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Players praise Schottenheimer's play-calling

Mark Sanchez #6 of the New York Jets

Mark Sanchez #6 of the New York Jets throws a pass against the Pittsburgh Steelers. (Dec. 19, 2010) Photo Credit: Getty Images

PITTSBURGH - After a week of enduring harsh criticism for his team's inability to score points, Jets offensive coordinator Brian Schottenheimer fought back the best way he knew how Sunday. The embattled assistant coach put together what his players called one of the best game plans they'd ever seen.

The result was an upset 22-17 road win over the Steelers that improved the Jets' record to 10-4 and put them in prime position to qualify for the playoffs.

"He was in the zone calling those plays," wide receiver Jerricho Cotchery said. "At one point in the game, I looked at [right guard] Brandon Moore and it was like, 'Wow!' All the different personnel groupings in and out of the game. Everything was just clicking."

Perhaps the best play call of all was this one: On fourth-and-1 from the Steelers' 7 with 5:21 to play in the third quarter, the Jets lined up in a running formation to go for the first down. Sanchez faked a handoff to running back Shonn Greene, who dived into a pile of Steelers players who bit on the fake. Sanchez then took off on a naked bootleg around left end and scored a touchdown to tie the score at 17.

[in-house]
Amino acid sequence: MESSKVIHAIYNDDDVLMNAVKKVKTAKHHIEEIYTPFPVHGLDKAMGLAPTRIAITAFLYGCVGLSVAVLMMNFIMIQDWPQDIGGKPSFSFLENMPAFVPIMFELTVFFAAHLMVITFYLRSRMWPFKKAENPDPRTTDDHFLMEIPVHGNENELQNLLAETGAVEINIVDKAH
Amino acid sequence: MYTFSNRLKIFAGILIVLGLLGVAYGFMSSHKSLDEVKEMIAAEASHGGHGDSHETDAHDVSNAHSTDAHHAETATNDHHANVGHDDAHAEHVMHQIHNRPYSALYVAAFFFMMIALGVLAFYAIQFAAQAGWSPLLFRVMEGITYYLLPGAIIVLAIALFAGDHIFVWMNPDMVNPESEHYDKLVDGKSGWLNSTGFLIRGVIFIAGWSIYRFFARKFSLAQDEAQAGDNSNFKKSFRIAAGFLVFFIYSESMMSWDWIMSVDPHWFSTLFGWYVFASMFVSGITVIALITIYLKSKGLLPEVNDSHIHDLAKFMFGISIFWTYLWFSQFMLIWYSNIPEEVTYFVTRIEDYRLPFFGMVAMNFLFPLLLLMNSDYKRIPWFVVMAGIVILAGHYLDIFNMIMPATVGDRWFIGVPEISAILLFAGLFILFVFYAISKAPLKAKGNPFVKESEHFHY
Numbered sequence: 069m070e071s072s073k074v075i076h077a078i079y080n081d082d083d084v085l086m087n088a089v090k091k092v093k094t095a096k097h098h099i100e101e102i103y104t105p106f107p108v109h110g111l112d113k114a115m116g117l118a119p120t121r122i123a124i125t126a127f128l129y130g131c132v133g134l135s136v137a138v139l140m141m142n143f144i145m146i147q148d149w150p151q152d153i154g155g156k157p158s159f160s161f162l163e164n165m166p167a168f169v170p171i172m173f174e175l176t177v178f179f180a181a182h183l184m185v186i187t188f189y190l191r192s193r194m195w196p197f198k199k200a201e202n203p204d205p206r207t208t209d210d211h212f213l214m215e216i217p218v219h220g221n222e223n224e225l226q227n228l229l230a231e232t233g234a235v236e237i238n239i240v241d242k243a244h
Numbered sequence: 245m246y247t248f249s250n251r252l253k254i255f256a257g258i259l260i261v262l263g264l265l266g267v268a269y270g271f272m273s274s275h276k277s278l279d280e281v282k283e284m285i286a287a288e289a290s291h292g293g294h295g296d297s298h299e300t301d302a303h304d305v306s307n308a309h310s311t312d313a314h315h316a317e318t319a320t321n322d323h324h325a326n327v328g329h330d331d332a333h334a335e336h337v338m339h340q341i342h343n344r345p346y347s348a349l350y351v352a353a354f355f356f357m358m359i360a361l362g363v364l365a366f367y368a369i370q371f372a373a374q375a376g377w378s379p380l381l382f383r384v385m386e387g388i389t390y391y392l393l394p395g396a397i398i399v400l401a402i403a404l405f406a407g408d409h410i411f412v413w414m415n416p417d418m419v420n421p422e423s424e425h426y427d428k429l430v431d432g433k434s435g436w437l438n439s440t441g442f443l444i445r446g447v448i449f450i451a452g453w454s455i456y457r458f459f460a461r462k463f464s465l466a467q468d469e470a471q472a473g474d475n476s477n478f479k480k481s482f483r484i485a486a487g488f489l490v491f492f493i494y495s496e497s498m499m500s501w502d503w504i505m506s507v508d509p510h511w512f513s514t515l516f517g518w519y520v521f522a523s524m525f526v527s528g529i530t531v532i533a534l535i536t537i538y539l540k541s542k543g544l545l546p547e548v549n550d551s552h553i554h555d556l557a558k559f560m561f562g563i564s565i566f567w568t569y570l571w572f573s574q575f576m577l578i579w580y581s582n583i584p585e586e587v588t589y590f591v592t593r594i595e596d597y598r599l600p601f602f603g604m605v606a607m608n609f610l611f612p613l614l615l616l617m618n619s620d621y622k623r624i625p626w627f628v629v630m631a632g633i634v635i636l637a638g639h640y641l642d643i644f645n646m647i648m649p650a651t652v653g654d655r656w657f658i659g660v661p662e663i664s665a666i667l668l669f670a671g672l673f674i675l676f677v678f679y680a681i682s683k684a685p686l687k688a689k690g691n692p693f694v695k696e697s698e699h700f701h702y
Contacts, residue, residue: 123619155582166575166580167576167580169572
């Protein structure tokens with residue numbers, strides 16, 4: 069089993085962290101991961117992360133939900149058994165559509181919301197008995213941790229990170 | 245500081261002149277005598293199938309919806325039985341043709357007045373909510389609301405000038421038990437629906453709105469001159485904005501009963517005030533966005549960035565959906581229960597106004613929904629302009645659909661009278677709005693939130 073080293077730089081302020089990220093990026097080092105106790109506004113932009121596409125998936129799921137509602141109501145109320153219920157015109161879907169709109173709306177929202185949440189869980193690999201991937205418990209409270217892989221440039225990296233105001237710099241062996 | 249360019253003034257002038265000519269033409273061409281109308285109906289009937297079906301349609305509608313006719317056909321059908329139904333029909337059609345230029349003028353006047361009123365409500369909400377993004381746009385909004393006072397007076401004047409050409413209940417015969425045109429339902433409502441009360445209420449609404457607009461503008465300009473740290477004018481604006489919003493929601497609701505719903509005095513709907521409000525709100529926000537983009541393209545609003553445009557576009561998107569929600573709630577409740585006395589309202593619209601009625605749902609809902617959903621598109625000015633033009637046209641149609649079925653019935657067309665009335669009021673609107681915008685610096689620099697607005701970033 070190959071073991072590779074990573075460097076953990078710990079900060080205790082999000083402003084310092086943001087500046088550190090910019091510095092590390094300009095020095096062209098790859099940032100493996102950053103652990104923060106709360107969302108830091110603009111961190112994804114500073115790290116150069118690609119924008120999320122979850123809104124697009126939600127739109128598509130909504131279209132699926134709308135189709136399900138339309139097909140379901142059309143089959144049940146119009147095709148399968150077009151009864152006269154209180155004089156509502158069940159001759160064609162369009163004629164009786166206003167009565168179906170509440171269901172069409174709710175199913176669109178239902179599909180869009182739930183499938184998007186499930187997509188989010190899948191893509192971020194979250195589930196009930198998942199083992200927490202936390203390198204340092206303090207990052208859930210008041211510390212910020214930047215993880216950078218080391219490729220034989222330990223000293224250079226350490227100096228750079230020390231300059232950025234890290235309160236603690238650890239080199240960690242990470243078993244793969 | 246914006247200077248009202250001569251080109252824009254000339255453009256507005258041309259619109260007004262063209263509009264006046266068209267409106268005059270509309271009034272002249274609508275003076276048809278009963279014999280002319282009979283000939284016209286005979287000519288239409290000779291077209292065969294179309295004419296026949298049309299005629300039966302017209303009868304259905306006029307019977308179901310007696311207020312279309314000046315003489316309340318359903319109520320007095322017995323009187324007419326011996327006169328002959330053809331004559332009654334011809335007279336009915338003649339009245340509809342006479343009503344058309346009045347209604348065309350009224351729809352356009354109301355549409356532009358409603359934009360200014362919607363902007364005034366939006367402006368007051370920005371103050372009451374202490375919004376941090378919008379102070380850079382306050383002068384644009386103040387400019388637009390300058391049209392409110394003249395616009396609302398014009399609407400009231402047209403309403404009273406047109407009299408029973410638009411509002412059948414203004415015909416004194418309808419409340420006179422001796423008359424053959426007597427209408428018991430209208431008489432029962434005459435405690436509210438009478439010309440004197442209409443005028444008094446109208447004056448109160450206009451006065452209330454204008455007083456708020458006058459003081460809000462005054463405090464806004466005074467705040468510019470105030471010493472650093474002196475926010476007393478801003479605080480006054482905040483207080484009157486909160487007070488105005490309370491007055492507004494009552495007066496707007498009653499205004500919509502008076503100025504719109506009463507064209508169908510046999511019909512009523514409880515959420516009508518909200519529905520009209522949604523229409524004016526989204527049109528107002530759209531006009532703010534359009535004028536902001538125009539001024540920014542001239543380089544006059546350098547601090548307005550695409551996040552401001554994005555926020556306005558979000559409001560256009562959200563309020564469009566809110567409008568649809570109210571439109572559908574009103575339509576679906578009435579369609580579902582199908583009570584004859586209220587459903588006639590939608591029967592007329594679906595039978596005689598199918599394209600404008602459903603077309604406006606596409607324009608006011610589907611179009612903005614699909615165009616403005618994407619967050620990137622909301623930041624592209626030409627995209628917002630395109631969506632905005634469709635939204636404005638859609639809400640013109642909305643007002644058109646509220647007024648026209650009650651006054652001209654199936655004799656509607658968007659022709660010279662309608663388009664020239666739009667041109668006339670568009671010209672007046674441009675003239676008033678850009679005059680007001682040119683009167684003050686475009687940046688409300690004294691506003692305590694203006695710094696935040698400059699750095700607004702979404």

"The call came in and we just made sure we'd sell it up front, sell it with the running backs," said Sanchez, who was 19-for-29 for 170 yards and didn't throw an interception. "I think Shonn just dove over the pile to try to sell it, and then once I got around, I really started to dig and there was nobody there."

Said Moore: "Schotty did a great job of play-calling. If we had done our normal deal there and run that blast play, we probably wouldn't have gotten the first down. They had everybody down there. Great call by him."

Schottenheimer, who was not available for comment because assistant coaches do not speak to reporters after games, kept the Steelers' defense off balance with a nice balance of run vs. pass. They wound up with 27 running plays and 29 pass plays, grinding out 106 rushing yards and 170 passing yards.

As effective as Schottenheimer was on game day, he was equally instrumental the night before the game.

During a meeting with all of his offensive players, he asked that they try and think of people who believed in the team, rather than those who were skeptical of their chances after poor performances against the Patriots and Dolphins the previous two weeks, in which they scored a combined nine points.

"He said to think about the people that believed in you, whether it's a brother or a family member, or the guys in the locker room," Moore said. "That's one of the first things I thought about when we walked off the field after the game.

"We're the only ones who really believed we were going to win this game. Other than some family members and friends, that was it."

Schottenheimer believed in his team, too, and the results showed. With solid play-calling after two weeks of misery that put him on the spot, the embattled coach came through.

"He was on us all week to be real precise," tight end Dustin Keller said. "You could tell he was in the zone all week. He called about as close to a perfect game as you can call."

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